Frankly, I have no problem with excluding 'just about all the open source software out there', as pretty much all the excluded software will also fail the notability test.

          • by Foofoobar (318279)
            Ah... software isn't science... hmmm, must explain the name 'computer science' huh? But I'll bet you must know better than academia though.
      • Re: (Score:2, Insightful)

        by scientus (1357317)
        whats wrong with having pages on small topics as long as the information is good, well written, and the page has a well posted data so people know its out of date. seriously how much does it take to keep a few bytes around?
        • by Foofoobar (318279)
          Exactly but where they allow it for scientific data, they don't allow it for open source projects. As one ignorant user stated 'programming isn't the same thing as science' to which I pointed out 'that must be why they call it computer science huh?'. It's all a hypocritical power play by wikipedia editors.
    • Opposite problem (Score:5, Informative)

      by Martin Spamer (244245) on Friday September 19, 2008 @12:07PM (#25072449) Homepage Journal

      I've suffered from the opposite problem, having content removed from Wikipeda because the reference cites were to a physical books so could not be readily verified and not an online source.

      The real problem is the Wikipedia cabal's Groupthink; Cite your source or not, if you're not part of that cabal you may as well give up.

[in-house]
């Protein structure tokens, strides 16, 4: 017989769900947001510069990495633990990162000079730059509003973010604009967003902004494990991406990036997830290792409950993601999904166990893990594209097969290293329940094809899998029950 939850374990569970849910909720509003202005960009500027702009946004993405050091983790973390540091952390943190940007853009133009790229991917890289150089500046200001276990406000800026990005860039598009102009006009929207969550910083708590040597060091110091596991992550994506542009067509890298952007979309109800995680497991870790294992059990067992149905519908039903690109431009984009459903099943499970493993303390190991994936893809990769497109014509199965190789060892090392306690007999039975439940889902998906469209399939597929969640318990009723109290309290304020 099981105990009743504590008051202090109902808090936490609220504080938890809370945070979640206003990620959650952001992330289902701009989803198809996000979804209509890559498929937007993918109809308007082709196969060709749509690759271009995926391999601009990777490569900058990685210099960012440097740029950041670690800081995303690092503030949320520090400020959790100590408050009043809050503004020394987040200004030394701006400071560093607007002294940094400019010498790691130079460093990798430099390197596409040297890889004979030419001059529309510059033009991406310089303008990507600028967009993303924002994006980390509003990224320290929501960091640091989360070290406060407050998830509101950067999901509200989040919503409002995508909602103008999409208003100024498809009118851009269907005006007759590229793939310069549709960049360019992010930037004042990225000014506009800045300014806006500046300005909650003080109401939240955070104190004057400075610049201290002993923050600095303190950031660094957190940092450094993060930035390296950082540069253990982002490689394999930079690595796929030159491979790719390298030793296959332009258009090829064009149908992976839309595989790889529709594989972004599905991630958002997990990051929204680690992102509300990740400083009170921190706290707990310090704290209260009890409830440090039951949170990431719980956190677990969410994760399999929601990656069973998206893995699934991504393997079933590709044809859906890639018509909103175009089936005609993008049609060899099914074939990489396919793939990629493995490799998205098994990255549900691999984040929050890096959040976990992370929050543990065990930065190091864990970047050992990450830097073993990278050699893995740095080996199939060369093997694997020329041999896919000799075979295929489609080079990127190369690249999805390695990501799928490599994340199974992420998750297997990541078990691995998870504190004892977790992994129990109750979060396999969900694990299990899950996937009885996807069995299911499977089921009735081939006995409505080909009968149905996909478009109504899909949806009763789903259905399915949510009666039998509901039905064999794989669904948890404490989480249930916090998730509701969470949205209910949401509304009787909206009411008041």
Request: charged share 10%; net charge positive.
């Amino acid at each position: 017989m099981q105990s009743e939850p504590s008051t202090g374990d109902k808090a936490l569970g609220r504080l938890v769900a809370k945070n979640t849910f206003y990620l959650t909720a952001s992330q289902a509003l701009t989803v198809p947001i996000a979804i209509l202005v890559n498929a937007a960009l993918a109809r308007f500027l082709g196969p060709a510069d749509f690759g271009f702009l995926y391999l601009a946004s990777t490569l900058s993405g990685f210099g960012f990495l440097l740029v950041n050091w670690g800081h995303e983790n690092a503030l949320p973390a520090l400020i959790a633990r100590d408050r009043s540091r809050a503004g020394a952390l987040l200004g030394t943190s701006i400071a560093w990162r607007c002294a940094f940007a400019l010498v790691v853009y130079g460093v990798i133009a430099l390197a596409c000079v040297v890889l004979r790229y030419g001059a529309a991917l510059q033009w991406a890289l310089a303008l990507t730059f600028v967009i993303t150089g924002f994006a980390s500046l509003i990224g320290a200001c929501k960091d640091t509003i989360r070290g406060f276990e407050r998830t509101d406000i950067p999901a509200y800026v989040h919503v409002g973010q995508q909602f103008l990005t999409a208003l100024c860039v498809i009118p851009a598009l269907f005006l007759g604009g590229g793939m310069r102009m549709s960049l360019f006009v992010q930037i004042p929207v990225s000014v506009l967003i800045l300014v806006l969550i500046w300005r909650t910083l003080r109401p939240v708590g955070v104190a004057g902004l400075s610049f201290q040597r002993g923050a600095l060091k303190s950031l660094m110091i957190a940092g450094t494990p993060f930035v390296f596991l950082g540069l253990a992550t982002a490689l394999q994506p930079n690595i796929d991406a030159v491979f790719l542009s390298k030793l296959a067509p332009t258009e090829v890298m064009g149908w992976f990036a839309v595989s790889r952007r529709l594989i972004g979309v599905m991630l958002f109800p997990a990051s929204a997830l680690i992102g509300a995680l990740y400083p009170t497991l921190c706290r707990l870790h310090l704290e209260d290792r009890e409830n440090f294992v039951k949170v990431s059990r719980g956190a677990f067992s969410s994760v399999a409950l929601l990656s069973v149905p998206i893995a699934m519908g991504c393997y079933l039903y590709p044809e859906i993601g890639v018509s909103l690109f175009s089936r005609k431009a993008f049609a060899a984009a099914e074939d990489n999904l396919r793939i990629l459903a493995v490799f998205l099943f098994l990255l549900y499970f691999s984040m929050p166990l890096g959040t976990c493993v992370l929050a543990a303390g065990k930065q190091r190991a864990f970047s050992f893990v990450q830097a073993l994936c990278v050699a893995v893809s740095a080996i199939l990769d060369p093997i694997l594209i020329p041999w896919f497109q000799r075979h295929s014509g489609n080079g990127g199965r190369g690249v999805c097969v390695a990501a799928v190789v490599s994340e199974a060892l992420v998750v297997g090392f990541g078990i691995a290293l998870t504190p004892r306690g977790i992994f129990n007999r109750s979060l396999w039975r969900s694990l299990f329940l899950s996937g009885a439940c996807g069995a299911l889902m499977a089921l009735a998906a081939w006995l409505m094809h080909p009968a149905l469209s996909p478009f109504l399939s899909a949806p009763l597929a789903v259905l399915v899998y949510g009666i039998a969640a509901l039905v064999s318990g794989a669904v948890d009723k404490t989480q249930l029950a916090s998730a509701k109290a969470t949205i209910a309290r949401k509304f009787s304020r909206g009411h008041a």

• by Foofoobar (318279)
        Heh... they do tend to be an inbred lot. Maybe this can be cited as a source in their retardation :)
    • It has to do with an increased enforcement of the "verifiability" policy over there-- only 3rd-party sources. They were fairly lax about it until a year or two ago, because they needed to encourage content growth, but IIRC Jimbo wanted to make it more, well, encyclopedic.

      That, and the whole "notability" guideline (I think it's policy now) really started a veritable witch-hunt of rogue content. In order for an article to remain, you had to be famous or well-known to a certain degree.

    • by mdwh2 (535323)

      Out of interest, what was the article of your project that got deleted? They're wrong to require print references - online is just as good. OTOH, I can imagine that many software projects (open source or otherwise) do not have the required 3rd party references. And did you write the article yourself, or did someone else?

      I've written several pieces of software that have been reviewed in print magazines (nothing recent - this was about 10 years ago). But I'm not convinced that makes any of them worthy of incl

  • Larry Sanger's Citizendium project still kicks, still gaining momentum without the association from Google.

    http://www.citizendium.org/ [citizendium.org]

  • no (Score:5, Insightful)

    by bcrowell (177657) on Friday September 19, 2008 @11:07AM (#25071503) Homepage

    This is wrong for so many reasons that it's hard to know where to begin.

    Okay, let's start with this quote:

    "Say an academic (me) contributes a long article on London's Crystal Palace," [Russell Potter] wrote. "Others edit it in modest ways, but the article is still about 90% my own work. Perhaps I want to give a paper at a conference based on this entry, or use large bits of it in a book I'm writing. GFDL would have made either impossible."